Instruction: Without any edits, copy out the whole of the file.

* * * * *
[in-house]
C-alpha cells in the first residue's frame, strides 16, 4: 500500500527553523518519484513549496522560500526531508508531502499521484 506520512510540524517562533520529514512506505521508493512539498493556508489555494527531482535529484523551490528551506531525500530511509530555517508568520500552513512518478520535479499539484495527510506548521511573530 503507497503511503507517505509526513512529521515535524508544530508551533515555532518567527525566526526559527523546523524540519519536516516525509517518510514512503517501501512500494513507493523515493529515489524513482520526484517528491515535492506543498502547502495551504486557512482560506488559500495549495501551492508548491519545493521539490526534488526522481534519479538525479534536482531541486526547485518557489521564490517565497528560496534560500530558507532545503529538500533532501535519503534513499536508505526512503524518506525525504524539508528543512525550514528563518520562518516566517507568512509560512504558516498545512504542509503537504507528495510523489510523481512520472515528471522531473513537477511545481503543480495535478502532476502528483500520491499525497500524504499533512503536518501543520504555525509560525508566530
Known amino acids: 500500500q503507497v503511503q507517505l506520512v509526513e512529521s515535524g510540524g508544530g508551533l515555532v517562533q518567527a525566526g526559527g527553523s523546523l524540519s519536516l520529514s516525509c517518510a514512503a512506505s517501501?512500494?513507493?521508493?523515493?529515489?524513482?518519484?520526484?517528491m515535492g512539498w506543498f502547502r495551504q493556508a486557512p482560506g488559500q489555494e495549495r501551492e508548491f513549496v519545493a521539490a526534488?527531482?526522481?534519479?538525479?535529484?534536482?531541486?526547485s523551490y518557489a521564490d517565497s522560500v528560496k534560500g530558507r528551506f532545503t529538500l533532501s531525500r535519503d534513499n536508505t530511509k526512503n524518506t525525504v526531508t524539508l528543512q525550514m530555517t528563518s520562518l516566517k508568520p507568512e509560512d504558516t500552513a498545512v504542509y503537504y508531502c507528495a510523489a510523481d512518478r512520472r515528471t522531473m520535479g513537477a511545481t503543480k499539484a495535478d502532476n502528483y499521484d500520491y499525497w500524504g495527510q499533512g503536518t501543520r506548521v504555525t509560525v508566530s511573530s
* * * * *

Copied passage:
[in-house]
C-alpha cells in the first residue's frame, strides 16, 4: 500500500527553523518519484513549496522560500526531508508531502499521484 506520512510540524517562533520529514512506505521508493512539498493556508489555494527531482535529484523551490528551506531525500530511509530555517508568520500552513512518478520535479499539484495527510506548521511573530 503507497503511503507517505509526513512529521515535524508544530508551533515555532518567527525566526526559527523546523524540519519536516516525509517518510514512503517501501512500494513507493523515493529515489524513482520526484517528491515535492506543498502547502495551504486557512482560506488559500495549495501551492508548491519545493521539490526534488526522481534519479538525479534536482531541486526547485518557489521564490517565497528560496534560500530558507532545503529538500533532501535519503534513499536508505526512503524518506525525504524539508528543512525550514528563518520562518516566517507568512509560512504558516498545512504542509503537504507528495510523489510523481512520472515528471522531473513537477511545481503543480495535478502532476502528483500520491499525497500524504499533512503536518501543520504555525509560525508566530
Known amino acids: 500500500q503507497v503511503q507517505l506520512v509526513e512529521s515535524g510540524g508544530g508551533l515555532v517562533q518567527a525566526g526559527g527553523s523546523l524540519s519536516l520529514s516525509c517518510a514512503a512506505s517501501?512500494?513507493?521508493?523515493?529515489?524513482?518519484?520526484?517528491m515535492g512539498w506543498f502547502r495551504q493556508a486557512p482560506g488559500q489555494e495549495r501551492e508548491f513549496v519545493a521539490a526534488?527531482?526522481?534519479?538525479?535529484?534536482?531541486?526547485s523551490y518557489a521564490d517565497s522560500v528560496k534560500g530558507r528551506f532545503t529538500l533532501s531525500r535519503d534513499n536508505t530511509k526512503n524518506t525525504v526531508t524539508l528543512q525550514m530555517t528563518s520562518l516566517k508568520p507568512e509560512d504558516t500552513a498545512v504542509y503537504y508531502c507528495a510523489a510523481d512518478r512520472r515528471t522531473m520535479g513537477a511545481t503543480k499539484a495535478d502532476n502528483y499521484d500520491y499525497w500524504g495527510q499533512g503536518t501543520r506548521v504555525t509560525v508566530s511573530s